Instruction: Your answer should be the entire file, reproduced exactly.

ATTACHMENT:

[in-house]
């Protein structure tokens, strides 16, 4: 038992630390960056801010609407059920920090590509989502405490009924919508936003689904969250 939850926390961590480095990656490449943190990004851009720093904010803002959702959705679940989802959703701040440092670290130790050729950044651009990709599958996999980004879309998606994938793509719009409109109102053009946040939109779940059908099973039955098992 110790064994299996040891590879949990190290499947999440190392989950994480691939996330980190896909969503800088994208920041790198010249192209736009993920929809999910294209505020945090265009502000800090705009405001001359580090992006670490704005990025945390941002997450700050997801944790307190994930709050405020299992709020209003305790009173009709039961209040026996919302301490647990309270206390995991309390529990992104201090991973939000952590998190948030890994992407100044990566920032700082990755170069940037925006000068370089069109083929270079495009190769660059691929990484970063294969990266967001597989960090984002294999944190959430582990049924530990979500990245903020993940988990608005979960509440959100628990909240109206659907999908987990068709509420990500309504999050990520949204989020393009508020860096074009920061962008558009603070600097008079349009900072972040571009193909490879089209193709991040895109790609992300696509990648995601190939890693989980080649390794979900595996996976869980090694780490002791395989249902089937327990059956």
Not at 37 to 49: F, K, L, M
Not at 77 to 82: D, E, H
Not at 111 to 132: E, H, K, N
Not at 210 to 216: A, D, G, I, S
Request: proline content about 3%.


[in-house]
């Protein structure tokens, strides 16, 4: 038992630390960056801010609407059920920090590509989502405490009924919508936003689904969250 939850926390961590480095990656490449943190990004851009720093904010803002959702959705679940989802959703701040440092670290130790050729950044651009990709599958996999980004879309998606994938793509719009409109109102053009946040939109779940059908099973039955098992 110790064994299996040891590879949990190290499947999440190392989950994480691939996330980190896909969503800088994208920041790198010249192209736009993920929809999910294209505020945090265009502000800090705009405001001359580090992006670490704005990025945390941002997450700050997801944790307190994930709050405020299992709020209003305790009173009709039961209040026996919302301490647990309270206390995991309390529990992104201090991973939000952590998190948030890994992407100044990566920032700082990755170069940037925006000068370089069109083929270079495009190769660059691929990484970063294969990266967001597989960090984002294999944190959430582990049924530990979500990245903020993940988990608005979960509440959100628990909240109206659907999908987990068709509420990500309504999050990520949204989020393009508020860096074009920061962008558009603070600097008079349009900072972040571009193909490879089209193709991040895109790609992300696509990648995601190939890693989980080649390794979900595996996976869980090694780490002791395989249902089937327990059956």
Not at 37 to 49: F, K, L, M
Not at 77 to 82: D, E, H
Not at 111 to 132: E, H, K, N
Not at 210 to 216: A, D, G, I, S
Request: proline content about 3%.